• JJ January 11, 2022 (11:55 am)

    My kid is estimating classes 1/2 to 2/3 full this week, at the high school, between those out sick, and those quarantining. The numbers look pretty outdated already. Omicron is tearing through like wildfire. A mask in a crowded public school isn’t going to cut it. The virus is so rampant. Maybe you can lessen the inoculation dose, or delay the exposure a little bit, but that’s all you can hope for if you’re going out in public these days. If you are immune compromised, elderly, or at risk consider sheltering in place until antivirals become more available.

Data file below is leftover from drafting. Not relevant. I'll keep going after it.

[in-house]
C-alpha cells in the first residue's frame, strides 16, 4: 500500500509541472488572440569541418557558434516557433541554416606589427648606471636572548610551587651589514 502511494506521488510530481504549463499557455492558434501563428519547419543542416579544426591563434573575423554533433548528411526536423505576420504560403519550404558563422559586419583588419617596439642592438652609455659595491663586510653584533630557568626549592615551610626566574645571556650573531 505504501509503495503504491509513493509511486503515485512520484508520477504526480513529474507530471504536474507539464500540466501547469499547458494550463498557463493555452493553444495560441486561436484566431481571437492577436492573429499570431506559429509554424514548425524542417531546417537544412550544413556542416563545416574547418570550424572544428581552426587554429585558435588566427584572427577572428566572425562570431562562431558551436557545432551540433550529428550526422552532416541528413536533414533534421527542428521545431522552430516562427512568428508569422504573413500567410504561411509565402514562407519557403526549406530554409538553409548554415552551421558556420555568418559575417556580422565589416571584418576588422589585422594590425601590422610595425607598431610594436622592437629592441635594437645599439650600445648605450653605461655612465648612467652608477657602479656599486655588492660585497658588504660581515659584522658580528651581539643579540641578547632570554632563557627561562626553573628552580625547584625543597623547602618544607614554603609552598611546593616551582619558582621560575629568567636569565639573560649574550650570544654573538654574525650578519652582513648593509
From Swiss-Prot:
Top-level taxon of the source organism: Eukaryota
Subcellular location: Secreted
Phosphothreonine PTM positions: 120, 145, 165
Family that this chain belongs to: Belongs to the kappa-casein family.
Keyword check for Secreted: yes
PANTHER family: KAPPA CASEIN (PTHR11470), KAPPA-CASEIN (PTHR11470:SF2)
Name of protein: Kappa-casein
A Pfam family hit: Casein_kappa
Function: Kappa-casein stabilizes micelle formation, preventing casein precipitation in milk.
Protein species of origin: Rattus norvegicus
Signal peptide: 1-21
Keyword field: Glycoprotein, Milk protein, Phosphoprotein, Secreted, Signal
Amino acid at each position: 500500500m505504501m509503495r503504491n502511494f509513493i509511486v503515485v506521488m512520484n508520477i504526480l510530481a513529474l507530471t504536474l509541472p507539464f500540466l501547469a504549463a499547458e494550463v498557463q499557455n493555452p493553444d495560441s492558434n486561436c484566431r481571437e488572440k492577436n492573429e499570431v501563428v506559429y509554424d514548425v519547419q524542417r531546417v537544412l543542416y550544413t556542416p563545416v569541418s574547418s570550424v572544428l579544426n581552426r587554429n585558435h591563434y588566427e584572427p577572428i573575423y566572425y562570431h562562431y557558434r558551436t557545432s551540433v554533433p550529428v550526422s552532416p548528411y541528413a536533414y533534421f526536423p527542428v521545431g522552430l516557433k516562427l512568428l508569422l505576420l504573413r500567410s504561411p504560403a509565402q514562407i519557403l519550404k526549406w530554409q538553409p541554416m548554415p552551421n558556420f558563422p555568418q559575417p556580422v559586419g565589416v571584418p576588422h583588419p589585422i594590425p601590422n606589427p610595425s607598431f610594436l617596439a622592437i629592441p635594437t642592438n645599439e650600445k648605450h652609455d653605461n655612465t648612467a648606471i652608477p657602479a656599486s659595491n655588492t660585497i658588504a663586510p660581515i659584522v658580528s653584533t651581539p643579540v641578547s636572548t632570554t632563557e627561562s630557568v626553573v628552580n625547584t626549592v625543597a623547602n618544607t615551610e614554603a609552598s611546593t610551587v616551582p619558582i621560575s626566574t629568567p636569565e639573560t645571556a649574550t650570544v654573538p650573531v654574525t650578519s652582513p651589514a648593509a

• Ly January 11, 2022 (4:29 pm)

    Feel like the numbers are higher than what is actually reported. I know a kid that tested positive who attends Alki. Someone in her class was tested positive, but only that kid was isolated. And in that time, the classmates who were infected, but not yet exhibiting symptoms, were going around quietly infecting people, because their parents were not told to quarantine? Do they not test everyone in close contact in that class?

  • Educator January 11, 2022 (5:09 pm)

    Based on what we as educators have seen in our classrooms at WSHS, these numbers are not accurate. We had far more cases that our listed here. Some of us had 10+ in our classes alone.